Lucy Scholes reviews a new exhibition of ‘the mythologies of an “America” that has long inhabited the popular global imagination, from the towering structures of the archetypal modern metropolis to the rustic barns, uniform fields of corn, and white picket fences of prairie farmland,’ whose images ‘speak to a desire for a sanitized version of reality that tries to master the anxieties and ambivalences associated with modern life.’
Promise was that I/Should Israel from Philistian yoke deliver;/Ask for this great deliverer now, and find him/Eyeless in Gaza at the Mill with slaves … (John Milton, Samson Agonistes)
Borders are conventionally represented as tidy lines on maps. On the ground things get messier. Especially in the case of Palestine–Israel–Gaza.
‘Israel has turned Gaza into an area that is simultaneously separated from and annexed under Israel’s control,’ writes Amjad Iraqi. ‘It is a purgatory designed to provide whatever answer is most convenient for shirking responsibility and justifying violence at any given time. This has obscured a controversial but perhaps inexorable fact: after 51 years, Gaza can hardly be described as “occupied territory” anymore. It is now a segregated, debilitated, and subjugated part of Israel; a replica of the districts, townships, and reservations that imprisoned native populations and communities of color in apartheid South Africa, the United States, and other colonial regimes. In other words, Palestinians are no longer being oppressed outside the Israeli state; they are being caged and brutalized inside it.’
The Polish writer Olga Tokarczuk has won the Man Booker International prize for her novel Flights.
‘“It isn’t a traditional narrative,” said chair of judges Lisa Appignanesi, pointing to Tokarczuk’s own description of her writing as “constellation novels” to describe an author who throws her stories into orbit, allowing her readers to form meaningful shapes from them. “We loved the voice of the narrative – it’s one that moves from wit and gleeful mischief to real emotional texture and has the ability to create character very quickly, with interesting digression and speculation.”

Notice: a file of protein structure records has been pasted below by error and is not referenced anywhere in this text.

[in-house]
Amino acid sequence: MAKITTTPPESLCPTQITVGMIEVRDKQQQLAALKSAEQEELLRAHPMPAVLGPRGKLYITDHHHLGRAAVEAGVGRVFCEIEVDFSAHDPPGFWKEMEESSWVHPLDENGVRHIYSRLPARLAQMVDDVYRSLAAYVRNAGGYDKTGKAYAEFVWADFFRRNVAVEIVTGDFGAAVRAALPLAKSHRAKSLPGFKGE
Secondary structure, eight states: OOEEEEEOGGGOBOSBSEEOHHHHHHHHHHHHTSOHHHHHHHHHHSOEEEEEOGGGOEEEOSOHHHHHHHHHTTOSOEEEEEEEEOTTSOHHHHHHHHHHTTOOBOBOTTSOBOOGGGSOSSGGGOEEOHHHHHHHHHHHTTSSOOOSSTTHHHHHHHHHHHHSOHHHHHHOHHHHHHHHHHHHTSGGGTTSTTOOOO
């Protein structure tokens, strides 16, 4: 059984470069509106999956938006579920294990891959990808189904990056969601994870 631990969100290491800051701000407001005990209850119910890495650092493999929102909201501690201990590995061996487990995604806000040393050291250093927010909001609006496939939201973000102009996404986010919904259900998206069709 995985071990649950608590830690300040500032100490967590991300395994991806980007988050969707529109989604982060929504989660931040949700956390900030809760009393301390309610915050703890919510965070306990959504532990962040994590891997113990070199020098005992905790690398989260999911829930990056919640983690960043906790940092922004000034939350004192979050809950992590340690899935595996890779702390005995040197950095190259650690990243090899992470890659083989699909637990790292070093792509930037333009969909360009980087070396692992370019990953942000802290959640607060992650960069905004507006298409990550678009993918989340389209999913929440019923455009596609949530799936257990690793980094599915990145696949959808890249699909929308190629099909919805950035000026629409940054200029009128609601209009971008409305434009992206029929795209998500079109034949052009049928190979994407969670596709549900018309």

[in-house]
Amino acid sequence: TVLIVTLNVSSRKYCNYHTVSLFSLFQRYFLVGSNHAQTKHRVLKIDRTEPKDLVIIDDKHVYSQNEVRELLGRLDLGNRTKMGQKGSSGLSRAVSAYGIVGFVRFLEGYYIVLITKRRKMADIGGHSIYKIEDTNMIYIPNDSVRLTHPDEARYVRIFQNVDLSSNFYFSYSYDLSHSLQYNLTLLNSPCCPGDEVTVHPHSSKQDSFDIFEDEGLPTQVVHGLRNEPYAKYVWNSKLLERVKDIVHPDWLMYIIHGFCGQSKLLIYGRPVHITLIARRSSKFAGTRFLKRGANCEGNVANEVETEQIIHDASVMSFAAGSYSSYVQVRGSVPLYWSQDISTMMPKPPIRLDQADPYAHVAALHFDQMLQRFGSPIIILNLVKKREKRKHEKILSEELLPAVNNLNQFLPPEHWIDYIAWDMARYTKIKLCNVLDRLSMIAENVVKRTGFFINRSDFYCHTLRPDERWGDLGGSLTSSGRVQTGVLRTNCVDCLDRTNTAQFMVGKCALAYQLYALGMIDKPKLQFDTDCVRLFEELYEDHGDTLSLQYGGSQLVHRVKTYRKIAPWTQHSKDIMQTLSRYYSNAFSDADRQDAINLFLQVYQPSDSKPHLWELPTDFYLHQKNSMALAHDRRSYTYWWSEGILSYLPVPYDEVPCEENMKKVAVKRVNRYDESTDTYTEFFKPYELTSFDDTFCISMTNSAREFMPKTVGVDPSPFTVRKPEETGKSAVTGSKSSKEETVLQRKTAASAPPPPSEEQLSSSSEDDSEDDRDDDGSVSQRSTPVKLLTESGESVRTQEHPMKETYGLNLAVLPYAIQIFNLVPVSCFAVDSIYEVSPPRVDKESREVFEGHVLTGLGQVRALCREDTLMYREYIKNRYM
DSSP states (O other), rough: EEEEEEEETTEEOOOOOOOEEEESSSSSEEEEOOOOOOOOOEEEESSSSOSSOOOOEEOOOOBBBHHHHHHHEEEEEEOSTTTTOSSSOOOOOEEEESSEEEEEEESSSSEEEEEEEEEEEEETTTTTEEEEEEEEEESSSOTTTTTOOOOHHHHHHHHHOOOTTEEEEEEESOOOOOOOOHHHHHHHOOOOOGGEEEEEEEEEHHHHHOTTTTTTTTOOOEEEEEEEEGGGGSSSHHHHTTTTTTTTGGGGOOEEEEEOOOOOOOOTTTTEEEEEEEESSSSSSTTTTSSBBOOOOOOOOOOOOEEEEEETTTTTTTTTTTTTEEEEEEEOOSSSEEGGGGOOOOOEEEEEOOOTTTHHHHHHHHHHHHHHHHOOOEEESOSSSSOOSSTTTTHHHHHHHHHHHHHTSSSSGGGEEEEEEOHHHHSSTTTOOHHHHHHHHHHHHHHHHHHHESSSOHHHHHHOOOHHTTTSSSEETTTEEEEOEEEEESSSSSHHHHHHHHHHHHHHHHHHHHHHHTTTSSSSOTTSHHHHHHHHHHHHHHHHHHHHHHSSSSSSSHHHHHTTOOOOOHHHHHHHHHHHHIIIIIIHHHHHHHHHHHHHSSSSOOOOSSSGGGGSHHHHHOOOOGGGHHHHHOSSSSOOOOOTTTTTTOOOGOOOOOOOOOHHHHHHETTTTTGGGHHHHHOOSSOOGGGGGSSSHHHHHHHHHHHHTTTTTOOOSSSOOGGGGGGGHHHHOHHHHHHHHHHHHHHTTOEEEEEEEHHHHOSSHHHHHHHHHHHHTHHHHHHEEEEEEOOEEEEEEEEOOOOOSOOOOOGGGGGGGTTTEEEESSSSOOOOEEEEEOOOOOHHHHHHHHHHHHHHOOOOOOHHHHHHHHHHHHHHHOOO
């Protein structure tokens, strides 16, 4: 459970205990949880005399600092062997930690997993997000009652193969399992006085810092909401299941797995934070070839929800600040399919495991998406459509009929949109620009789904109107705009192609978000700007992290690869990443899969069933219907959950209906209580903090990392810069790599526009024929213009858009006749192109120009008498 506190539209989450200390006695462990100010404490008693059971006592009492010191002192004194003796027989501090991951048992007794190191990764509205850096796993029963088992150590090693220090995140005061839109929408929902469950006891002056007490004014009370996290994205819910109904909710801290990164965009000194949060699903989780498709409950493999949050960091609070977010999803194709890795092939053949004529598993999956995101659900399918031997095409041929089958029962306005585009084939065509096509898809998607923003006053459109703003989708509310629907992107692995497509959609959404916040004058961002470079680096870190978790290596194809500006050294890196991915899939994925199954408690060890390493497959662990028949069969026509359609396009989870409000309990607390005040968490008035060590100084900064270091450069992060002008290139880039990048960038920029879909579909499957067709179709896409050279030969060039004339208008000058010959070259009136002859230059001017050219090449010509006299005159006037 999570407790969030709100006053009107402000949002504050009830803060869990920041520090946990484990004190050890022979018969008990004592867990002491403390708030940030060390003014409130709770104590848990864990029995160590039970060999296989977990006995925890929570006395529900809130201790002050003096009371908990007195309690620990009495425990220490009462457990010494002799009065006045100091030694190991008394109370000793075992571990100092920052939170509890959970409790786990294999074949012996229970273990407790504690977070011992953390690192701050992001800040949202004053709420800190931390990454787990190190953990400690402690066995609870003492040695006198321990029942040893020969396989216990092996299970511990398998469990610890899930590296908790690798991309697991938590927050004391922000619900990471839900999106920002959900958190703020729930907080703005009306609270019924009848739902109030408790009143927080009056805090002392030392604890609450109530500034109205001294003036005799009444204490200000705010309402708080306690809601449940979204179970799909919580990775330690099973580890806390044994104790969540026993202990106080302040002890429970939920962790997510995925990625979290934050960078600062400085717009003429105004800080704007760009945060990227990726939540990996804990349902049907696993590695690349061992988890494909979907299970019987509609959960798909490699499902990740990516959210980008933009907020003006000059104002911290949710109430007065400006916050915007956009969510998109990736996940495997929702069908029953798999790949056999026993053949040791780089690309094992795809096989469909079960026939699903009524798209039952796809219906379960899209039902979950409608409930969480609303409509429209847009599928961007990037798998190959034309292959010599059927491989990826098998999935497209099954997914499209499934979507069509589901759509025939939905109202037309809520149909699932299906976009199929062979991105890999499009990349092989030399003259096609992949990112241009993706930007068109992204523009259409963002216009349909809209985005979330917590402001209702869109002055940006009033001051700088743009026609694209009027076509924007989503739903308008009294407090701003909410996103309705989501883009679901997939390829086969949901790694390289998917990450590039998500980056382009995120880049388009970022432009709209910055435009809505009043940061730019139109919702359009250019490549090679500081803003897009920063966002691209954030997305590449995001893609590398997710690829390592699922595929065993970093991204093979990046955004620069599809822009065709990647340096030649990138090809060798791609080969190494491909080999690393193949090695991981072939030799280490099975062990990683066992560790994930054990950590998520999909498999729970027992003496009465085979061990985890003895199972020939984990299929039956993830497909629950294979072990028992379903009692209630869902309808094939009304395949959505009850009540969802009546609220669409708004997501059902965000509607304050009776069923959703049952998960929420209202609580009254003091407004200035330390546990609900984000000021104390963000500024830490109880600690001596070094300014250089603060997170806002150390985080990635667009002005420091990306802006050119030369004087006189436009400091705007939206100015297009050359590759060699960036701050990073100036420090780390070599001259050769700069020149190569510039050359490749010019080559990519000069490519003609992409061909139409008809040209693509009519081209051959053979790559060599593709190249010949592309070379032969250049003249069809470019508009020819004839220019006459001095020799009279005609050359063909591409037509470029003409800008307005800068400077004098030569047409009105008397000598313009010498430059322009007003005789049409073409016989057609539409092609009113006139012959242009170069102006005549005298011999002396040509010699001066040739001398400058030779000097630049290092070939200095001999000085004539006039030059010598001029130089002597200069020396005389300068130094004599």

The book’s themes – “the nomadic life that we now lead in the world, with our constant movement, our constant desire to pick up and go, whether it’s from relationships or whether it’s to other countries”, and “the limitedness, the finiteness, the mortality of the human body, which is always pulled towards the ground” – collide in Tokarczuk’s “extraordinary” stories, said Appignanesi.’
For those who fancy a sample, Granta magazine has published Tokarczuk’s masterpiece of black humor “Preserves for Life.”
The English surrealist and documentary filmmaker Humphrey Jennings explained the intellectual project of his book Pandaemonium as to “present, not describe or analyse” the “imaginative history of the Industrial Revolution … by means of what I call Images. These are quotations from writings of the period in question … which either in the writing or in the nature of the matter itself or both have revolutionary and symbolic and illuminatory quality. I mean that they contain in little a whole world—they are the knots in a great net of tangled time and space—the moments at which the situation of humanity is clear—even if only for the flash time of the photographer or the lighting.”
These “snippets” are intended to function in the same way. Click on the headings to go to the original articles, which are mostly from the mainstream aka fake news media.